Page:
@@S_\infty = \dfrac{a}{1 - r} = \dfrac{1}{\left(1 - \dfrac{1}{2}\right)} = \dfrac{1}{\left(\dfrac{1}{2}\right)} = 2@@

**Geometric Mean**

If three non-zero numbers a, b, c are in GP, b is the Geometric Mean(GM) between a and c. In this case, @@ b = \sqrt{ac}@@

(Note that if a and b are of opposite sign, their GM is not defined.)

To solve most of the problems related to GP, the terms of the GP can be conveniently taken as

3 terms: @@\dfrac{a}{r}@@, a, ar

5 terms: @@\dfrac{a}{r^2}@@, @@\dfrac{a}{r}@@, a, ar, ar^{2}

If a, b, c are in GP, @@\dfrac{a-b}{b-c} = \dfrac{a}{b}@@

In a GP, product of terms equidistant from beginning and end will be constant.

GM

^{2}= AM × HM

Three non-zero numbers a, b and c are in HP if @@b = \dfrac{2ac}{a + c}@@

Three non-zero numbers a, b and c are in HP if @@\dfrac{a - b}{b - c} = \dfrac{a}{c}@@

(1) A > G > H

(2) A, G and H are in GP

@@1 + 1 + 1 + \cdots\text{ n terms}@@ @@= \sum{1} = n@@

@@1 + 2 + 3 + \cdots + n@@ @@=\sum{n}= \dfrac{n(n+1)}{2}%@@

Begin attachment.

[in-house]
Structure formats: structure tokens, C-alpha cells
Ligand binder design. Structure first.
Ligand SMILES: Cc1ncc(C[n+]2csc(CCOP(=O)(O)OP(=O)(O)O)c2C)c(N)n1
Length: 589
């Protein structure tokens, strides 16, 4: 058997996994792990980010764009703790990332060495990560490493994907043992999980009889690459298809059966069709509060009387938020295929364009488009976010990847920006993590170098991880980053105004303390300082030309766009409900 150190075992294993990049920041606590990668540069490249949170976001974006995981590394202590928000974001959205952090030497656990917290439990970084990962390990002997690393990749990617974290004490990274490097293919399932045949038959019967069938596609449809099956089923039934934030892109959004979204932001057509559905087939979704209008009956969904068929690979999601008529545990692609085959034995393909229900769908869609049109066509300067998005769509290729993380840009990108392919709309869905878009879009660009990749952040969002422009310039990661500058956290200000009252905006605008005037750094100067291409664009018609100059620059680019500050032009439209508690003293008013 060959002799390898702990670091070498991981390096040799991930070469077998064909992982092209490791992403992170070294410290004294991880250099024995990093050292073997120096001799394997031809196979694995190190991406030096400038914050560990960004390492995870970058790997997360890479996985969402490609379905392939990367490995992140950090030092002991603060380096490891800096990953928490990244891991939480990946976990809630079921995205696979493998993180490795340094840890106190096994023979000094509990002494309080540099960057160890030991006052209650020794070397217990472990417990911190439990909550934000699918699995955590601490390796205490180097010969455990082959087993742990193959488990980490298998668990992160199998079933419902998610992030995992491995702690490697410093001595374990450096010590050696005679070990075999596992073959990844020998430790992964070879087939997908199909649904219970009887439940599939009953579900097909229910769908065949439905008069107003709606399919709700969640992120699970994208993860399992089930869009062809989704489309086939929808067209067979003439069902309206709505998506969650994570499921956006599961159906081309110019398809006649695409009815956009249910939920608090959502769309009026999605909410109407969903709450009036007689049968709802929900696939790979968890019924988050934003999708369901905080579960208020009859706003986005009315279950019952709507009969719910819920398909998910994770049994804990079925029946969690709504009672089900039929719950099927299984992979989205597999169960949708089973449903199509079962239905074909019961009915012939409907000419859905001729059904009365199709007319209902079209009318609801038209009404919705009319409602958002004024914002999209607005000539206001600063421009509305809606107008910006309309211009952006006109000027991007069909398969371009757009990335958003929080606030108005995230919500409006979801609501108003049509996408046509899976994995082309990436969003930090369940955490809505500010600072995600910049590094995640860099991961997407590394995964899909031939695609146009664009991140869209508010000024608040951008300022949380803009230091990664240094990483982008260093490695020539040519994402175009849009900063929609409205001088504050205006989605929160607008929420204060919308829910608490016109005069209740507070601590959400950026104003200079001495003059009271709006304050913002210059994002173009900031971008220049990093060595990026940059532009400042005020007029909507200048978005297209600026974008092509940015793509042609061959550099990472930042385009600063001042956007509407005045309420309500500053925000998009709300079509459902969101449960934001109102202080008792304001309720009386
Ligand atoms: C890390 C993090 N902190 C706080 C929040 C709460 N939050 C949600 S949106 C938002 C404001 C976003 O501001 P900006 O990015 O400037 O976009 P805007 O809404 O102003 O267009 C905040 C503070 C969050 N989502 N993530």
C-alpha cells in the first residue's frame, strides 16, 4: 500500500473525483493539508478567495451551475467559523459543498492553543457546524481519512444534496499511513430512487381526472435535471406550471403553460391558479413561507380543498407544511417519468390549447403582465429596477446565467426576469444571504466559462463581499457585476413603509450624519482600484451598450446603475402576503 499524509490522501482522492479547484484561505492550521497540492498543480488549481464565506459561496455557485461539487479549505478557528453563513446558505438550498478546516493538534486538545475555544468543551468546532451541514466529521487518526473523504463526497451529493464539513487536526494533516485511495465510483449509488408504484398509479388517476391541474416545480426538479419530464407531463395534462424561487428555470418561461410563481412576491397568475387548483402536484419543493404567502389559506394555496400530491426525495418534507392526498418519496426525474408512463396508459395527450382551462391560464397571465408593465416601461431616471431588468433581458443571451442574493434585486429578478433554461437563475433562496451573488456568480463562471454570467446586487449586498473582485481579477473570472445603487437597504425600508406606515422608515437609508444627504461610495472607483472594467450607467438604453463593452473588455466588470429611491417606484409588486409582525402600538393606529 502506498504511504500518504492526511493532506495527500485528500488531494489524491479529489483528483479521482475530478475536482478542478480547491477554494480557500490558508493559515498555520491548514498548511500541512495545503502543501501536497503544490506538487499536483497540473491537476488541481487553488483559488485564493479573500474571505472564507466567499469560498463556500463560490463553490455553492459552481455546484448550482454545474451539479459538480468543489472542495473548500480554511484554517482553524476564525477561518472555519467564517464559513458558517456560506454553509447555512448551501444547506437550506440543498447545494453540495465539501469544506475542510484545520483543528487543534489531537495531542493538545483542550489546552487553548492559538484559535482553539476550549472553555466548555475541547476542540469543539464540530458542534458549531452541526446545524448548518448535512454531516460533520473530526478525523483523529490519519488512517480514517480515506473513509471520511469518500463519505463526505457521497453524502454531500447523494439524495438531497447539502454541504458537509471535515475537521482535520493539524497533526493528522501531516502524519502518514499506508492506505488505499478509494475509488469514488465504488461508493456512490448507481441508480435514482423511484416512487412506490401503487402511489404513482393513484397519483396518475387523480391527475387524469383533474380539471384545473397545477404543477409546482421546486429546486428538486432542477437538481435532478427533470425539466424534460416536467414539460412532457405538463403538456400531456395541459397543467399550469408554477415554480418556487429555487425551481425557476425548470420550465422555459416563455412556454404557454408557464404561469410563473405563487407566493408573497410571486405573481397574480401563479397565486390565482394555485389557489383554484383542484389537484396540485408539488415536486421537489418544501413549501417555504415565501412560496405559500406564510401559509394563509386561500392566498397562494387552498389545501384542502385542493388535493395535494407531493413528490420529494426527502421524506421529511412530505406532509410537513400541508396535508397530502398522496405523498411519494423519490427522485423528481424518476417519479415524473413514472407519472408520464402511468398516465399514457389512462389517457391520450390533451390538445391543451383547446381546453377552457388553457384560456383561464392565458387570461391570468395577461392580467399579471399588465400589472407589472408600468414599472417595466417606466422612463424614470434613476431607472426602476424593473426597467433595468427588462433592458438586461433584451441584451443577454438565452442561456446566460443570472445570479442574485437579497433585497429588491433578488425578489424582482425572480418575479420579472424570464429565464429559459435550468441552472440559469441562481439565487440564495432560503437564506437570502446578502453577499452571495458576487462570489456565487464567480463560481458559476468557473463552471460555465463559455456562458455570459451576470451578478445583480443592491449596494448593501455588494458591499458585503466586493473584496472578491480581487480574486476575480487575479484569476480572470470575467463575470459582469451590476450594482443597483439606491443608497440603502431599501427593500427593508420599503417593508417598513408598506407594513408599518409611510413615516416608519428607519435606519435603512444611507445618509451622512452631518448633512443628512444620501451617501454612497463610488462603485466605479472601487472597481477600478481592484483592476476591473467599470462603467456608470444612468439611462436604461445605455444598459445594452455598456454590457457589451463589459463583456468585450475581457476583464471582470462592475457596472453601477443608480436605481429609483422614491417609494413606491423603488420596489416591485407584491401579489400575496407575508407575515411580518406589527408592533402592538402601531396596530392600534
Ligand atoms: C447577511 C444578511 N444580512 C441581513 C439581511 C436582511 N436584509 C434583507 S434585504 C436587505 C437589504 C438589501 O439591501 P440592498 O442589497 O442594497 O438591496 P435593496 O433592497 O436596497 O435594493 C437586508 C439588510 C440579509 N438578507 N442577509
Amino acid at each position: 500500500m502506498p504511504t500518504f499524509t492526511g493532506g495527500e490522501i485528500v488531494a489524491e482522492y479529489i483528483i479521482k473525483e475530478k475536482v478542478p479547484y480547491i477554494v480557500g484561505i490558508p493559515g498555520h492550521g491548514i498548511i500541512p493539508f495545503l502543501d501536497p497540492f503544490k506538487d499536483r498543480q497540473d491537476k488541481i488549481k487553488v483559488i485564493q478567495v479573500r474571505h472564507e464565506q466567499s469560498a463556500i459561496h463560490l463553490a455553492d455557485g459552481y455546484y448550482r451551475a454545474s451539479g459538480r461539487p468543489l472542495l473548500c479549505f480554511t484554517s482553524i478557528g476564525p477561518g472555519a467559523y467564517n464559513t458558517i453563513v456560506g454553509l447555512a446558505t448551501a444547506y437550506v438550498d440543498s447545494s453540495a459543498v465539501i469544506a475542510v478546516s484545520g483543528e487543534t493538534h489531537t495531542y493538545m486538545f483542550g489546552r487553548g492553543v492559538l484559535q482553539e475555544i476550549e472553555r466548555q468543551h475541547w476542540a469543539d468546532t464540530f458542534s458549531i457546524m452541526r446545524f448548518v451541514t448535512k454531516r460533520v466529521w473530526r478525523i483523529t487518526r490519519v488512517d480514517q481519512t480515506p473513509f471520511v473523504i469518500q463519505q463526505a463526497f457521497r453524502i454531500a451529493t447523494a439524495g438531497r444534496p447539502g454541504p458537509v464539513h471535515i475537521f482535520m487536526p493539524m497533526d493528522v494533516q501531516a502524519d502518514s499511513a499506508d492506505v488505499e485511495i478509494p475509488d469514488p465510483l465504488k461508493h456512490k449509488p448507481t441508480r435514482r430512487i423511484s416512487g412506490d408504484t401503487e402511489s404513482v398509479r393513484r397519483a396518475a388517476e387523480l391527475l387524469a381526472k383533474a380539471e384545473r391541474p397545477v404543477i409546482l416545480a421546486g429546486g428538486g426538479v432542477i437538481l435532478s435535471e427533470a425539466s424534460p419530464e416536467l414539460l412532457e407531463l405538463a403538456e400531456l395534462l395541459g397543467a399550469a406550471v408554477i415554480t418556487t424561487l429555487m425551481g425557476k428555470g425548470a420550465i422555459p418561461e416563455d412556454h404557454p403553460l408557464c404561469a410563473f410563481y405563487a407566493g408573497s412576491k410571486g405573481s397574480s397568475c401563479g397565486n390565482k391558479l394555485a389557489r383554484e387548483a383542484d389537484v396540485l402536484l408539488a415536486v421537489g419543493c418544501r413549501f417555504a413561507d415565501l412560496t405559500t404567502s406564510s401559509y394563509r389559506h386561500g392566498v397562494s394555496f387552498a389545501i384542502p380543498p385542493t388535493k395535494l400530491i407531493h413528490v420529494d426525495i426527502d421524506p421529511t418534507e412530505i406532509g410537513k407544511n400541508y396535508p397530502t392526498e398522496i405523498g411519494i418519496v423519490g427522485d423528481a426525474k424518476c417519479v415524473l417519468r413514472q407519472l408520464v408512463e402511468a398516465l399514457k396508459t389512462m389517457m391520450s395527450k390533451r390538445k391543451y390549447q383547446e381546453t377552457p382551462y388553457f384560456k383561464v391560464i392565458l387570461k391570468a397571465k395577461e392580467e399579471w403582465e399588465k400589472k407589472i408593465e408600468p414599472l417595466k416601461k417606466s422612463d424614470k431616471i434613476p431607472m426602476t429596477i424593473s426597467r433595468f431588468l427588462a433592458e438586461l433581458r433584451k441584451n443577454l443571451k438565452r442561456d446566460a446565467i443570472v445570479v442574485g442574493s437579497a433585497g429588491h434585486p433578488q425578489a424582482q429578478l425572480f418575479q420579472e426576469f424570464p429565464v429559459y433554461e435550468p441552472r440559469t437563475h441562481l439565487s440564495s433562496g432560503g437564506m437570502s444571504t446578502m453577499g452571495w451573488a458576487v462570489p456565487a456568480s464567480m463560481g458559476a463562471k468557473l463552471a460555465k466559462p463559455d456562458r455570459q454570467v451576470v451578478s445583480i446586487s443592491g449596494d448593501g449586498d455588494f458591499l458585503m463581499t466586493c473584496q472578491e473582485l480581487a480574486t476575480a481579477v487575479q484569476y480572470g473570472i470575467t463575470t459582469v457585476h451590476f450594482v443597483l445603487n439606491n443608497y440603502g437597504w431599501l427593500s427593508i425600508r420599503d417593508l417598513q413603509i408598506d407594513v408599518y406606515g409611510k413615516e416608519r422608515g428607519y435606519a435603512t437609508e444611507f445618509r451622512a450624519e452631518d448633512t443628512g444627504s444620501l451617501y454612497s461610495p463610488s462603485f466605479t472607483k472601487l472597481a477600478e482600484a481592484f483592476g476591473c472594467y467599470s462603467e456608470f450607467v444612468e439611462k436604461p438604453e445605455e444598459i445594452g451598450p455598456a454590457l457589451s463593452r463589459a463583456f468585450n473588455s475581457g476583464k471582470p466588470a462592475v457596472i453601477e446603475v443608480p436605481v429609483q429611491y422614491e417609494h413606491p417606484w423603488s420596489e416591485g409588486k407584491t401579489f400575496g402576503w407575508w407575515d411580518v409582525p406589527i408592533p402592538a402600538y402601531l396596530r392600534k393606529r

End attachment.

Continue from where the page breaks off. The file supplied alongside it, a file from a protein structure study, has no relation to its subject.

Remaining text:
@@1^2 + 2^2 + 3^2 + \cdots + n^2@@ @@= \sum{n^2}= \dfrac{n(n+1)(2n + 1)}{6}%@@

@@1^3 + 2^3 + 3^3 + \cdots + n^3@@ @@= \sum{n^3}= \dfrac{n^2(n+1)^2}{4} = \left[\dfrac{n(n+1)}{2}\right]^2 %@@

please tell me the formula

Under the section "5. Some Interesting Properties to Note", I observed you wrote HP rather than GP here

Three non-zero numbers a, b and c are in HP if (a−b)/(b-c) = a/c

Suppose (a−b)/(b-c) = a/c

=> (a-b)c = (b-c)a

=> ac - bc = ab - ac

=> 2ac = ab + bc

=> 2/b = 1/c + 1/a (divided all terms by abc)

i.e., 1/a , 1/b, 1/c are in AP

i.e., a,b,c are in HP

For instance consider the following incomplete sequence.

2,4,8,?

You can see that each term is twice it's predecessor. So, the unknown number is twice it's predecessor(2*8=16). Unknown number is 16.